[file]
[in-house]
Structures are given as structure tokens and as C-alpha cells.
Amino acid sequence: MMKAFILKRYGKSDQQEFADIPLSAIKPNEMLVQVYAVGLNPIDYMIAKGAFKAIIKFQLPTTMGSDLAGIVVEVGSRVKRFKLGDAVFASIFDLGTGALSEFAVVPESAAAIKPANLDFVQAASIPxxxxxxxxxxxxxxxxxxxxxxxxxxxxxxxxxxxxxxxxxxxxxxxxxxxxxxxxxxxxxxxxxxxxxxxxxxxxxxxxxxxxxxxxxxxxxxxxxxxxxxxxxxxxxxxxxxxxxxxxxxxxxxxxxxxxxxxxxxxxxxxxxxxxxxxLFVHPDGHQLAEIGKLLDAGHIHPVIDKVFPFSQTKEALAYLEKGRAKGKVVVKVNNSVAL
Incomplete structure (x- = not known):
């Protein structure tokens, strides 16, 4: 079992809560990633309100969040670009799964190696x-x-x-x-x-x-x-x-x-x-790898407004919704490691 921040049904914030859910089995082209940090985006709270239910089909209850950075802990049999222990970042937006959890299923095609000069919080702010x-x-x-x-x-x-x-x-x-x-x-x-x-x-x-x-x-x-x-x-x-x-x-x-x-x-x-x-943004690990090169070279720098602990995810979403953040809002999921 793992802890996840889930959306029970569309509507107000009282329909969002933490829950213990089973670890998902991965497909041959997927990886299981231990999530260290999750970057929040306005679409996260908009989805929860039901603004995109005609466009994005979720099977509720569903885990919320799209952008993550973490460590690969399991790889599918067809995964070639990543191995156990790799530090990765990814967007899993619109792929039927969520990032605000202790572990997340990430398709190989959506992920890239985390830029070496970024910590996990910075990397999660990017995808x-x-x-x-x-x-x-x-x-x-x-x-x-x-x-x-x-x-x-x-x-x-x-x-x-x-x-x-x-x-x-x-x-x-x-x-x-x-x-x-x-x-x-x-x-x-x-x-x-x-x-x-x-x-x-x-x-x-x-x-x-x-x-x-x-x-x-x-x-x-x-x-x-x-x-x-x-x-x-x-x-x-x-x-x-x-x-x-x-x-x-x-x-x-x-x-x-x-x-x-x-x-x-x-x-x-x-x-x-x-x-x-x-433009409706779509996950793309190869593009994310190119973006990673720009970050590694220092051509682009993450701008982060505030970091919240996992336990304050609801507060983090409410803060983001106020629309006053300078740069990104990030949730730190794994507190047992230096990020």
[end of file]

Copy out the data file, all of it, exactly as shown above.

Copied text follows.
[in-house]
Structures are given as structure tokens and as C-alpha cells.
Amino acid sequence: MMKAFILKRYGKSDQQEFADIPLSAIKPNEMLVQVYAVGLNPIDYMIAKGAFKAIIKFQLPTTMGSDLAGIVVEVGSRVKRFKLGDAVFASIFDLGTGALSEFAVVPESAAAIKPANLDFVQAASIPxxxxxxxxxxxxxxxxxxxxxxxxxxxxxxxxxxxxxxxxxxxxxxxxxxxxxxxxxxxxxxxxxxxxxxxxxxxxxxxxxxxxxxxxxxxxxxxxxxxxxxxxxxxxxxxxxxxxxxxxxxxxxxxxxxxxxxxxxxxxxxxxxxxxxxxLFVHPDGHQLAEIGKLLDAGHIHPVIDKVFPFSQTKEALAYLEKGRAKGKVVVKVNNSVAL
Incomplete structure (x- = not known):
């Protein structure tokens, strides 16, 4: 079992809560990633309100969040670009799964190696x-x-x-x-x-x-x-x-x-x-790898407004919704490691 921040049904914030859910089995082209940090985006709270239910089909209850950075802990049999222990970042937006959890299923095609000069919080702010x-x-x-x-x-x-x-x-x-x-x-x-x-x-x-x-x-x-x-x-x-x-x-x-x-x-x-x-943004690990090169070279720098602990995810979403953040809002999921 793992802890996840889930959306029970569309509507107000009282329909969002933490829950213990089973670890998902991965497909041959997927990886299981231990999530260290999750970057929040306005679409996260908009989805929860039901603004995109005609466009994005979720099977509720569903885990919320799209952008993550973490460590690969399991790889599918067809995964070639990543191995156990790799530090990765990814967007899993619109792929039927969520990032605000202790572990997340990430398709190989959506992920890239985390830029070496970024910590996990910075990397999660990017995808x-x-x-x-x-x-x-x-x-x-x-x-x-x-x-x-x-x-x-x-x-x-x-x-x-x-x-x-x-x-x-x-x-x-x-x-x-x-x-x-x-x-x-x-x-x-x-x-x-x-x-x-x-x-x-x-x-x-x-x-x-x-x-x-x-x-x-x-x-x-x-x-x-x-x-x-x-x-x-x-x-x-x-x-x-x-x-x-x-x-x-x-x-x-x-x-x-x-x-x-x-x-x-x-x-x-x-x-x-x-x-x-x-433009409706779509996950793309190869593009994310190119973006990673720009970050590694220092051509682009993450701008982060505030970091919240996992336990304050609801507060983090409410803060983001106020629309006053300078740069990104990030949730730190794994507190047992230096990020």